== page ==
AAC and Global Accessibility Awareness Day
"Every user deserves a first-rate digital experience on the web. Someone with a disability must be able to experience web-based services, content and other digital products with the same successful outcome as those without disabilities. This awareness and commitment to inclusion is the goal of Global Accessibility Awareness Day (GAAD), a global event that shines a light on digital access and inclusion for people with disabilities." (GAAD Home Page)
AAC users can find that their digital experience is challenged in ways that most people do not appreciate and yet there have been several projects that have highlighted the issues and even special browsers designed to support AAC users as described by Colette Nicolle and colleagues in 2004 "An AAC-Enabled Internet: From User Requirements to Guidelines."
Sadly, 17 years on it seems some of the issues have yet to improve, such as integrated text to speech output for seamless workng between all applications and content. This is not quite the same as the screen readers that read out everything for those who are blind and can be confusing at times for many AAC users. There remains the need for improved accessibility for switch users and those using symbols. Accurate automatic text simplification remains an important accessibility feature as we have mentioned in a previous blog.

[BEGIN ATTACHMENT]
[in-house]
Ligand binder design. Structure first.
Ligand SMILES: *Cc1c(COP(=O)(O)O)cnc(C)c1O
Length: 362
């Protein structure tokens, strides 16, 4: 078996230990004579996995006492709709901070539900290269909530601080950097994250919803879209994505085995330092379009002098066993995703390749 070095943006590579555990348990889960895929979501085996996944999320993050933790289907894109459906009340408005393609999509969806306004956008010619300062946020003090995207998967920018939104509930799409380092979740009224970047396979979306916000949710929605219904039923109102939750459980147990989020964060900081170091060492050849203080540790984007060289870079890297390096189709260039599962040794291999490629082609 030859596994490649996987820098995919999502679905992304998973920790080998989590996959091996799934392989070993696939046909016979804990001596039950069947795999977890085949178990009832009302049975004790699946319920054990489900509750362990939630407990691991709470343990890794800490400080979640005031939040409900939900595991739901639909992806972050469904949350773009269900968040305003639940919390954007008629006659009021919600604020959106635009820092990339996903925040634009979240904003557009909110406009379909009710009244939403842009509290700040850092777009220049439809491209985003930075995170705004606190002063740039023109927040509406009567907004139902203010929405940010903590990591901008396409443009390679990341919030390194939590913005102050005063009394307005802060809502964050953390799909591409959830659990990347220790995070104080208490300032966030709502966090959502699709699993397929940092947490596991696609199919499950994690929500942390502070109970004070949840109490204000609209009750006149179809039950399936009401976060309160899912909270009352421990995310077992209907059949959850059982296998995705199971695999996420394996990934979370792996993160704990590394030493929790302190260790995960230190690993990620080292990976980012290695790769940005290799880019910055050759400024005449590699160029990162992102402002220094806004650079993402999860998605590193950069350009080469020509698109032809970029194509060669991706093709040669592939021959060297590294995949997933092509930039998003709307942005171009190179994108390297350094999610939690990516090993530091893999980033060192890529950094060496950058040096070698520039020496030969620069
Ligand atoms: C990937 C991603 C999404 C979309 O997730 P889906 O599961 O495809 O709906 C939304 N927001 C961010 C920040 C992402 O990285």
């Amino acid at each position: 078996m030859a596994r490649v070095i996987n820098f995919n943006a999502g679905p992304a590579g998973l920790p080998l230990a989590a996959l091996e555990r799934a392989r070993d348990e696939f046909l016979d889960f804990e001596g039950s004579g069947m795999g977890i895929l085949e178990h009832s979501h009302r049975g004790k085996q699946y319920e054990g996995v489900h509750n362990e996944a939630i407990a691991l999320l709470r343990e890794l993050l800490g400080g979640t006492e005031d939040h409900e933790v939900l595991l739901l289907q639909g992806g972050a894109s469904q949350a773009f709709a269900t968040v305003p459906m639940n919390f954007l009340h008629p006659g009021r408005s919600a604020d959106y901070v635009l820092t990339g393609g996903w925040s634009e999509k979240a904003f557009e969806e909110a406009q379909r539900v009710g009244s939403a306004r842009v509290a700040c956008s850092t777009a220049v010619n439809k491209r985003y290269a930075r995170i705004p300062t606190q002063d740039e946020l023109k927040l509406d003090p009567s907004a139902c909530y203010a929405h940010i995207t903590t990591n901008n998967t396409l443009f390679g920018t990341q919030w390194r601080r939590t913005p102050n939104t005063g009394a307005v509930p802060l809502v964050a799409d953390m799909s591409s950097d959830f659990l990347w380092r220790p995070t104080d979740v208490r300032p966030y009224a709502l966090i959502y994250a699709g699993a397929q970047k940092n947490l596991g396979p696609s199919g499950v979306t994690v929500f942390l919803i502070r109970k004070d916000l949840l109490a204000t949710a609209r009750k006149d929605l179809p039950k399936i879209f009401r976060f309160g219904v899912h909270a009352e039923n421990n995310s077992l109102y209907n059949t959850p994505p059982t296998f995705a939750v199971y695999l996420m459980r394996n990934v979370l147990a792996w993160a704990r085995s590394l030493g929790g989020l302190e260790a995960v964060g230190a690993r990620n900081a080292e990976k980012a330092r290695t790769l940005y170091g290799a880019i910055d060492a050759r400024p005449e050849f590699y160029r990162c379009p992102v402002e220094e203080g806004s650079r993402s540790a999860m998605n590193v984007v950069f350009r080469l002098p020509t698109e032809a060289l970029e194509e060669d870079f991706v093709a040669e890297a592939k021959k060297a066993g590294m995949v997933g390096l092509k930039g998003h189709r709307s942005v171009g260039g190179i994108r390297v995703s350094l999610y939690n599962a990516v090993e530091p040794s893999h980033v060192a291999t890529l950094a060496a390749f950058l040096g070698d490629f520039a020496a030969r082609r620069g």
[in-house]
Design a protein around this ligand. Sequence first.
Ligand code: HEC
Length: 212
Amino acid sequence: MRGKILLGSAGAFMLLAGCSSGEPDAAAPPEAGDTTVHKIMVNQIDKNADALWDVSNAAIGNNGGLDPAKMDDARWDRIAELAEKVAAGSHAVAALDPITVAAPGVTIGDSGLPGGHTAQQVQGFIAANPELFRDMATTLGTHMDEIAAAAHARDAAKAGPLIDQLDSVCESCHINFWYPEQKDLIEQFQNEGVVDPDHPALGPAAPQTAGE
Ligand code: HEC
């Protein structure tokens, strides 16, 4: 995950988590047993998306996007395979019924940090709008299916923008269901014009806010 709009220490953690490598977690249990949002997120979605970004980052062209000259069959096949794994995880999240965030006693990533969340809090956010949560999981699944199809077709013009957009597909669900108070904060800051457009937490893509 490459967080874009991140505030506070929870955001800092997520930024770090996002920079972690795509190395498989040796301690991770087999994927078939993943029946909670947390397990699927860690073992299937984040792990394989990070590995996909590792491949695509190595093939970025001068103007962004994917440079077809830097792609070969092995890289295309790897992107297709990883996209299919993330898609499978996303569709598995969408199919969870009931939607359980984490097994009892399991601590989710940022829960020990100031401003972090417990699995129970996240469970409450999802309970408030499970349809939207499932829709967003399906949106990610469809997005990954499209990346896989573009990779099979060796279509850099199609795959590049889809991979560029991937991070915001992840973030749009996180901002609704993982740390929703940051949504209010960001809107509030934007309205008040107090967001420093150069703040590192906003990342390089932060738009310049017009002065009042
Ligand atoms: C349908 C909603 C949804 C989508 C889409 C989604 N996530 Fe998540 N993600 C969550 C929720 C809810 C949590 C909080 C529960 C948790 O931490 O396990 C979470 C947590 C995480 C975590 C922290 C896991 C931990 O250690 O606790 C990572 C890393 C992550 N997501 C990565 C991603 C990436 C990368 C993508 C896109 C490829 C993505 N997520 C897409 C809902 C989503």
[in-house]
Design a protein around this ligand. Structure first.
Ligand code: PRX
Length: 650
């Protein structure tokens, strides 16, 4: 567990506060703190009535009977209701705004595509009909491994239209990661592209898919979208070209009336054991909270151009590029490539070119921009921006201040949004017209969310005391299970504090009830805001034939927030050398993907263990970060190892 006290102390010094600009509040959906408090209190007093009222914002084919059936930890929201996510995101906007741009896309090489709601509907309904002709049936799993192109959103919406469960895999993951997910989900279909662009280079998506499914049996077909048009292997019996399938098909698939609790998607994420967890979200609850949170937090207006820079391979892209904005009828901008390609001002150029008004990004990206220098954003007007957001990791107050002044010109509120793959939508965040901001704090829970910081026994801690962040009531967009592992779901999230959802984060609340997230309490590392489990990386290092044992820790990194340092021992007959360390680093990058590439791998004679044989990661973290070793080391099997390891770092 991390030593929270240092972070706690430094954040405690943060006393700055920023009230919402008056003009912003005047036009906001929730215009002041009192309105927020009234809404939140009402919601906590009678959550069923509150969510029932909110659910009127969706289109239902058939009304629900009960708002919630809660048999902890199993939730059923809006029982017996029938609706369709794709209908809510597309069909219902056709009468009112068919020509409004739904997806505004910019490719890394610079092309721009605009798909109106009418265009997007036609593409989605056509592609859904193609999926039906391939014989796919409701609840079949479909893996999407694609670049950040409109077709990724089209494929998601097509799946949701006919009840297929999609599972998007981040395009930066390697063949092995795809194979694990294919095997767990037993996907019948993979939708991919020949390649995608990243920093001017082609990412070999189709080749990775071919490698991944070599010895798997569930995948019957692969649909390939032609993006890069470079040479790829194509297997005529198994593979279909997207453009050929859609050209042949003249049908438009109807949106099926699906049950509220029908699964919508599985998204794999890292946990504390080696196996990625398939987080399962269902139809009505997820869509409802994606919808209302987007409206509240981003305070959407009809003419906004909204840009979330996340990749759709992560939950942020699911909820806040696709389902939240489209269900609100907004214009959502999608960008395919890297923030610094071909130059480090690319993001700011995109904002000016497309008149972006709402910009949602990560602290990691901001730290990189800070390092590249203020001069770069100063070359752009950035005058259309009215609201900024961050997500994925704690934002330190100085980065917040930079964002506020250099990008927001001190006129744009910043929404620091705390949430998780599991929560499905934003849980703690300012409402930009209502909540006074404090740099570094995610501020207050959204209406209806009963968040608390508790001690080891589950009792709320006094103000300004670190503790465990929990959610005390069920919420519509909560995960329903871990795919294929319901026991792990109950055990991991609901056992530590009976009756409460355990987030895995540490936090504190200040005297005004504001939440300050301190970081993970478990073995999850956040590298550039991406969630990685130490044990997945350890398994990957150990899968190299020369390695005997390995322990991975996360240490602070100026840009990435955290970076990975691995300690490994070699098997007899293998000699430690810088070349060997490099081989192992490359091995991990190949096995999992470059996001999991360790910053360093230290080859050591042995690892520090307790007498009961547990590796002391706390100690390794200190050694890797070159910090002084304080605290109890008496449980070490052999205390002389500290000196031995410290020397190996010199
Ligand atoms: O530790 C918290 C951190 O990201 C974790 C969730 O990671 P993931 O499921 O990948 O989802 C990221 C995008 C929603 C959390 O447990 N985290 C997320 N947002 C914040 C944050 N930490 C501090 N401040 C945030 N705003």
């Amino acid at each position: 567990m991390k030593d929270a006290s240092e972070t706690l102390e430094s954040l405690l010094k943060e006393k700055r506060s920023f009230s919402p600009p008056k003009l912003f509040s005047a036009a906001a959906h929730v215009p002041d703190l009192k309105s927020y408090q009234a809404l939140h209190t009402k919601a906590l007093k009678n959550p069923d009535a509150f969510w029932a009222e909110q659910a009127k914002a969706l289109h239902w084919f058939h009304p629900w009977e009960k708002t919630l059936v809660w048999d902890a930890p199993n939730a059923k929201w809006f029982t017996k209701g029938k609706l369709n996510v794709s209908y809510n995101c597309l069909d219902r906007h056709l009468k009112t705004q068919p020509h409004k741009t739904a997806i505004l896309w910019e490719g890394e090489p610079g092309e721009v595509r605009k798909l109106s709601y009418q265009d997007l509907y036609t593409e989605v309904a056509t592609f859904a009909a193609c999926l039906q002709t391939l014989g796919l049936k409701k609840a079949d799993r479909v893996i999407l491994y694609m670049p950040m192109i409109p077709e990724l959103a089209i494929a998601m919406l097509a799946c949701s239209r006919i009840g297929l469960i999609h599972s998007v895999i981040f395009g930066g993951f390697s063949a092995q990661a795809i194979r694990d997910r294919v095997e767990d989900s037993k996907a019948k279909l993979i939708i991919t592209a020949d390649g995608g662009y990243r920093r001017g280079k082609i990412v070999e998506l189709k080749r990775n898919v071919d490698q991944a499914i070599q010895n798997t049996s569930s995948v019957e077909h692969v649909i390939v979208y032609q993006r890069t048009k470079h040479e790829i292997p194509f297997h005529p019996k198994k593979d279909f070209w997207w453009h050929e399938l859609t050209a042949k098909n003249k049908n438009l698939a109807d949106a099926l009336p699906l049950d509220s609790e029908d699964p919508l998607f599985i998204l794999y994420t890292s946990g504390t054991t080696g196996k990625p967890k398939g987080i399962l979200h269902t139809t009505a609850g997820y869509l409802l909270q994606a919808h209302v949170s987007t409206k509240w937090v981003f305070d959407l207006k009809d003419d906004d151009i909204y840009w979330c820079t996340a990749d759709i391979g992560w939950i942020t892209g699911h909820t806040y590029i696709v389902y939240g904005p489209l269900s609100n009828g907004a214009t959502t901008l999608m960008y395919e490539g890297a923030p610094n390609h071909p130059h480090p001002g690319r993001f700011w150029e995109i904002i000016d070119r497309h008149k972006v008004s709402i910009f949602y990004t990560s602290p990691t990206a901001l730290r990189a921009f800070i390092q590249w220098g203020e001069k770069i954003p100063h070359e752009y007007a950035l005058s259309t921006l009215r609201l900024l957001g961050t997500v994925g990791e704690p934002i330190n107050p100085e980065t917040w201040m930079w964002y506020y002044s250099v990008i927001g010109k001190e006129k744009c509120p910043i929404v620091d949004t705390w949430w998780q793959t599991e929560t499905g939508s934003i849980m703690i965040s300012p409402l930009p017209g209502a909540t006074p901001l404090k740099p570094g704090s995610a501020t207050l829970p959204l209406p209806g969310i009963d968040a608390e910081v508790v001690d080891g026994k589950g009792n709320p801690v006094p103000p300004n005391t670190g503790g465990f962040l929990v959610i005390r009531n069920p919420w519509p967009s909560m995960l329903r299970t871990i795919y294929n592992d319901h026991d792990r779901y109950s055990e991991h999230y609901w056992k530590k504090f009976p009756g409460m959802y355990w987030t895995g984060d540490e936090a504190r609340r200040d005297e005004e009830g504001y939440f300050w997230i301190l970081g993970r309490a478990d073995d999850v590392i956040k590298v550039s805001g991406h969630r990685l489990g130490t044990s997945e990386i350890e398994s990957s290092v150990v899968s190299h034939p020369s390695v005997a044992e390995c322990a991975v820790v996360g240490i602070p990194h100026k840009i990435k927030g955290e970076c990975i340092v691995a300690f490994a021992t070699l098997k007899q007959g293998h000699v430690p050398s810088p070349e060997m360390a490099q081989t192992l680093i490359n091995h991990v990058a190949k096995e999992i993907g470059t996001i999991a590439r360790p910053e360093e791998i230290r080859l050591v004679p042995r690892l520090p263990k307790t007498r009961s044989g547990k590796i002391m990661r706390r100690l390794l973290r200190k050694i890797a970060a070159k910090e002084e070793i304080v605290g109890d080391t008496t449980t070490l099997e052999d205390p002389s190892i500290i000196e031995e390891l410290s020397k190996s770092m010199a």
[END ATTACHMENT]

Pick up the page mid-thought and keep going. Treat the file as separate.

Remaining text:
Text content may be provided as an image or in a form that means it cannot be read aloud to help with understanding or accept the addition of symbols. The ability to have words explained can only be added if the text is accessible (copy and pasted) as can be seen when hovering over words in a sample page from Widgit's Point, a symbol picture dictionary or when you add the EasyReading browser extension.
to a web page.
We also think there should be more multilingual options for symbol labels, so that increased personalisation can occur when pages are automatically translated.
Assistiveware have highlighted the importance of online communication in their blog 'The importance of social media for AAC users'. The author highlights the positives as being less stressful than communication in face to face situations and when training and support has been provided it can be made accessible and prove to be very beneficial.
“Social media gives me more of a chance to interact, rather than just communicate. I often find with the rush of using AAC, I fail to truly interact and connect with others: asking questions, showing interest, offering support.” ~ Johanna Schmidt, AAC user"
Let's all celebrate GAAD on May 20th 2021 and hope that we can make digital technologies accessible to all.